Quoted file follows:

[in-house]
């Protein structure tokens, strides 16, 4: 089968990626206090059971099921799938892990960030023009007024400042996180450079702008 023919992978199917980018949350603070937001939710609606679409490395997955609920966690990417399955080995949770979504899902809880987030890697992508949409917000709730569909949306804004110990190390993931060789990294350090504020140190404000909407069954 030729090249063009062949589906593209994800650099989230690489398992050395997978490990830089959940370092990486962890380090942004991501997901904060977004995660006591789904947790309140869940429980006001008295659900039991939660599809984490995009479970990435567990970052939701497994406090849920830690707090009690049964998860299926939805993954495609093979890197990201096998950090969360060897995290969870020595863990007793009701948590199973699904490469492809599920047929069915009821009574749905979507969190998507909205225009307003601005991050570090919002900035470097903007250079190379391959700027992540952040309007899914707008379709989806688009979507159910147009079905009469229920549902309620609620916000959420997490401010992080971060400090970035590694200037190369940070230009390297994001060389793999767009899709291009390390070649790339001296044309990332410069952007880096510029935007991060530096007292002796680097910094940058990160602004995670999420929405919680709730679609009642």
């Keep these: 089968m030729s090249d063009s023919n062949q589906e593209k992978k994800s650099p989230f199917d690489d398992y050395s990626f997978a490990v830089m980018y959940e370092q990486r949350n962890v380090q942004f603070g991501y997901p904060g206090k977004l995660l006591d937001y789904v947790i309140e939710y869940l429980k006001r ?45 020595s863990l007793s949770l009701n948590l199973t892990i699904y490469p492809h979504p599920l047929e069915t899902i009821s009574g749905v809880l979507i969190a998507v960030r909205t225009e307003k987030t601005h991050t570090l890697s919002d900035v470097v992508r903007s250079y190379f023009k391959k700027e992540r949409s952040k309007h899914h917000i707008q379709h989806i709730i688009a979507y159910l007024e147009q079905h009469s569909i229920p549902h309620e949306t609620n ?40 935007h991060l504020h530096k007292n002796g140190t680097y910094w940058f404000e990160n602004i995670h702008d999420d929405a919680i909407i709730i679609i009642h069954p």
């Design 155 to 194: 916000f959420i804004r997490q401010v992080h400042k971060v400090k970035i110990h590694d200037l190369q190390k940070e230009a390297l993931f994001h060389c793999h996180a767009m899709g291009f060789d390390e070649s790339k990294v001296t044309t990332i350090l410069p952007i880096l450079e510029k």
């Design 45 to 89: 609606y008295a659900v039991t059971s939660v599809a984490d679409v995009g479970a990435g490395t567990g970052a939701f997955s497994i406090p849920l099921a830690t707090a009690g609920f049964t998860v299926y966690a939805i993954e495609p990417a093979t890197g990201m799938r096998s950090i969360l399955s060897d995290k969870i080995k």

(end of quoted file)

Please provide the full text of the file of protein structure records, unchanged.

[in-house]
């Protein structure tokens, strides 16, 4: 089968990626206090059971099921799938892990960030023009007024400042996180450079702008 023919992978199917980018949350603070937001939710609606679409490395997955609920966690990417399955080995949770979504899902809880987030890697992508949409917000709730569909949306804004110990190390993931060789990294350090504020140190404000909407069954 030729090249063009062949589906593209994800650099989230690489398992050395997978490990830089959940370092990486962890380090942004991501997901904060977004995660006591789904947790309140869940429980006001008295659900039991939660599809984490995009479970990435567990970052939701497994406090849920830690707090009690049964998860299926939805993954495609093979890197990201096998950090969360060897995290969870020595863990007793009701948590199973699904490469492809599920047929069915009821009574749905979507969190998507909205225009307003601005991050570090919002900035470097903007250079190379391959700027992540952040309007899914707008379709989806688009979507159910147009079905009469229920549902309620609620916000959420997490401010992080971060400090970035590694200037190369940070230009390297994001060389793999767009899709291009390390070649790339001296044309990332410069952007880096510029935007991060530096007292002796680097910094940058990160602004995670999420929405919680709730679609009642």
């Keep these: 089968m030729s090249d063009s023919n062949q589906e593209k992978k994800s650099p989230f199917d690489d398992y050395s990626f997978a490990v830089m980018y959940e370092q990486r949350n962890v380090q942004f603070g991501y997901p904060g206090k977004l995660l006591d937001y789904v947790i309140e939710y869940l429980k006001r ?45 020595s863990l007793s949770l009701n948590l199973t892990i699904y490469p492809h979504p599920l047929e069915t899902i009821s009574g749905v809880l979507i969190a998507v960030r909205t225009e307003k987030t601005h991050t570090l890697s919002d900035v470097v992508r903007s250079y190379f023009k391959k700027e992540r949409s952040k309007h899914h917000i707008q379709h989806i709730i688009a979507y159910l007024e147009q079905h009469s569909i229920p549902h309620e949306t609620n ?40 935007h991060l504020h530096k007292n002796g140190t680097y910094w940058f404000e990160n602004i995670h702008d999420d929405a919680i909407i709730i679609i009642h069954p």
């Design 155 to 194: 916000f959420i804004r997490q401010v992080h400042k971060v400090k970035i110990h590694d200037l190369q190390k940070e230009a390297l993931f994001h060389c793999h996180a767009m899709g291009f060789d390390e070649s790339k990294v001296t044309t990332i350090l410069p952007i880096l450079e510029k």
């Design 45 to 89: 609606y008295a659900v039991t059971s939660v599809a984490d679409v995009g479970a990435g490395t567990g970052a939701f997955s497994i406090p849920l099921a830690t707090a009690g609920f049964t998860v299926y966690a939805i993954e495609p990417a093979t890197g990201m799938r096998s950090i969360l399955s060897d995290k969870i080995k």